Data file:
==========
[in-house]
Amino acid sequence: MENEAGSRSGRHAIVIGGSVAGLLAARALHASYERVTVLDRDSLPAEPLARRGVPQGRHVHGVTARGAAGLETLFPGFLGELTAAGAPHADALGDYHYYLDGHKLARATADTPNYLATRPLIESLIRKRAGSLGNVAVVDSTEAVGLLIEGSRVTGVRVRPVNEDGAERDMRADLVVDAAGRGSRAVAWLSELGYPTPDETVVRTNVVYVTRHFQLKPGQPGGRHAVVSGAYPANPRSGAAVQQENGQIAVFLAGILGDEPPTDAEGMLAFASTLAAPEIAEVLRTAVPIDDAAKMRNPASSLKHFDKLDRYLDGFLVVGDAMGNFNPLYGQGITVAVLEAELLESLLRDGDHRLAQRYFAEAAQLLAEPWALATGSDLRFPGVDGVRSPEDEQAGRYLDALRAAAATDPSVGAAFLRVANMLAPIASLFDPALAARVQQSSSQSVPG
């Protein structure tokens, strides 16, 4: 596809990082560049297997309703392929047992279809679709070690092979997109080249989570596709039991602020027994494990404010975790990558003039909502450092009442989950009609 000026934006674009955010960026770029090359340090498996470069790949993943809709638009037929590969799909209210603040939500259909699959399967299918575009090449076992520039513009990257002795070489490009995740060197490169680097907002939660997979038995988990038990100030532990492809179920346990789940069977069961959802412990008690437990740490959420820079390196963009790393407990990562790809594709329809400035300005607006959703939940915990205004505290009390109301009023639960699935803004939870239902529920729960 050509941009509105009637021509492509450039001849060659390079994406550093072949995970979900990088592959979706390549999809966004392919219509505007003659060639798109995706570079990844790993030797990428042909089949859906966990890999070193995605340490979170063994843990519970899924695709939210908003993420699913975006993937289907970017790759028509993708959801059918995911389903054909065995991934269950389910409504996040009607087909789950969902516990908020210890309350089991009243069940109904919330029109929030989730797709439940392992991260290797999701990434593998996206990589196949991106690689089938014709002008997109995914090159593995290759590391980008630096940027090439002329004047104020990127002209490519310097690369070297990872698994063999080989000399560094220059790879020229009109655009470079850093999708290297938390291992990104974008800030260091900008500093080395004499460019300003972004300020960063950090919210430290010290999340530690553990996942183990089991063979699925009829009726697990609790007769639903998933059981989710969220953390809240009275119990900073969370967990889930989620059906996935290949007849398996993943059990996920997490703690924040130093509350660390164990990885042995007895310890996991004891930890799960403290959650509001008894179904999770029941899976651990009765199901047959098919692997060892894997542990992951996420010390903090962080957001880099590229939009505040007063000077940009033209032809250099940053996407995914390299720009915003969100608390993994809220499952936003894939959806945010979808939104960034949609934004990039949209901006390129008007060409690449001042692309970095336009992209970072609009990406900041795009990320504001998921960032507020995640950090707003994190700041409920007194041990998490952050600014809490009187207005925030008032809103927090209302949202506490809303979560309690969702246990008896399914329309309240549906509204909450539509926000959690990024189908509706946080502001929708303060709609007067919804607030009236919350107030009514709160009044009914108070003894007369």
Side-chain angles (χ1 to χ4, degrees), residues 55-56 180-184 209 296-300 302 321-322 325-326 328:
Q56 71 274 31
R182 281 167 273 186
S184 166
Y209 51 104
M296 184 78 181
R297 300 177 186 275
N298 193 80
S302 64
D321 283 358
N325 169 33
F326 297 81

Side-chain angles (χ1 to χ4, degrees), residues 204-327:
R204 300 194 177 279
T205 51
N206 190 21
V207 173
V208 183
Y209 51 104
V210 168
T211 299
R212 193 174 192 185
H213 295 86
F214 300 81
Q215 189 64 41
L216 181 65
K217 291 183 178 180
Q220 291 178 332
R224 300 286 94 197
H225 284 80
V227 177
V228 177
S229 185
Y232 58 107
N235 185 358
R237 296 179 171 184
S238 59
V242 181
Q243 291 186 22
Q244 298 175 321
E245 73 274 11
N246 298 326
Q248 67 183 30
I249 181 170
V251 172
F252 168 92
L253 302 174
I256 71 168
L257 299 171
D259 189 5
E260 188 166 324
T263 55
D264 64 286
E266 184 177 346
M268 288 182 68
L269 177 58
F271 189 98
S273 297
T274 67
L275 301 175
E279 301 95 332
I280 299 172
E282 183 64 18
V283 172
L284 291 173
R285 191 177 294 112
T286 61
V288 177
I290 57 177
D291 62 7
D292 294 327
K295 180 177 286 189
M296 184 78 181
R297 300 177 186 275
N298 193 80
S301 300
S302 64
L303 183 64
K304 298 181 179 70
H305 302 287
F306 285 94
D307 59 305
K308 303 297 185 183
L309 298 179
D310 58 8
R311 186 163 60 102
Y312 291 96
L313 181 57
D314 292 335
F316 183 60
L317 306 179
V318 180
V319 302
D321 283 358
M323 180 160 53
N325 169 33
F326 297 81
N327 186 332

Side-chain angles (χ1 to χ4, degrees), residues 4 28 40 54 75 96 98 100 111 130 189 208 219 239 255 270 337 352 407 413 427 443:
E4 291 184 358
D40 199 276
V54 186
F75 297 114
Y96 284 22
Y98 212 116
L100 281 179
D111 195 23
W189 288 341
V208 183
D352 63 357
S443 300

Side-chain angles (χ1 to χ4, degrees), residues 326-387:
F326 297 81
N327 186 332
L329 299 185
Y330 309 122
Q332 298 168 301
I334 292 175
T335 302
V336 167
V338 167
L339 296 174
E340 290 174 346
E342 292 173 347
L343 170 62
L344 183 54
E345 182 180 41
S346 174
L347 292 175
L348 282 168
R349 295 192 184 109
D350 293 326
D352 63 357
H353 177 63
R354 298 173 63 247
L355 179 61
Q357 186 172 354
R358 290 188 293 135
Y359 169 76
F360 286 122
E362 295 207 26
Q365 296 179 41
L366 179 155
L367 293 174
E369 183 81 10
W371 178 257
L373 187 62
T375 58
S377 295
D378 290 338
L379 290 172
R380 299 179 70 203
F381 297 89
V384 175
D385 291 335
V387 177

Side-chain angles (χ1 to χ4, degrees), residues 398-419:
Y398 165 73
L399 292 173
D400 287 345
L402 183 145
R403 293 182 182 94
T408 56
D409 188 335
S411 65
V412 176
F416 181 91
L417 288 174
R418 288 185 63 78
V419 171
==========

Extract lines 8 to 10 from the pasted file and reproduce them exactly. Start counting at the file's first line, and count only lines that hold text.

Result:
Y209 51 104
M296 184 78 181
R297 300 177 186 275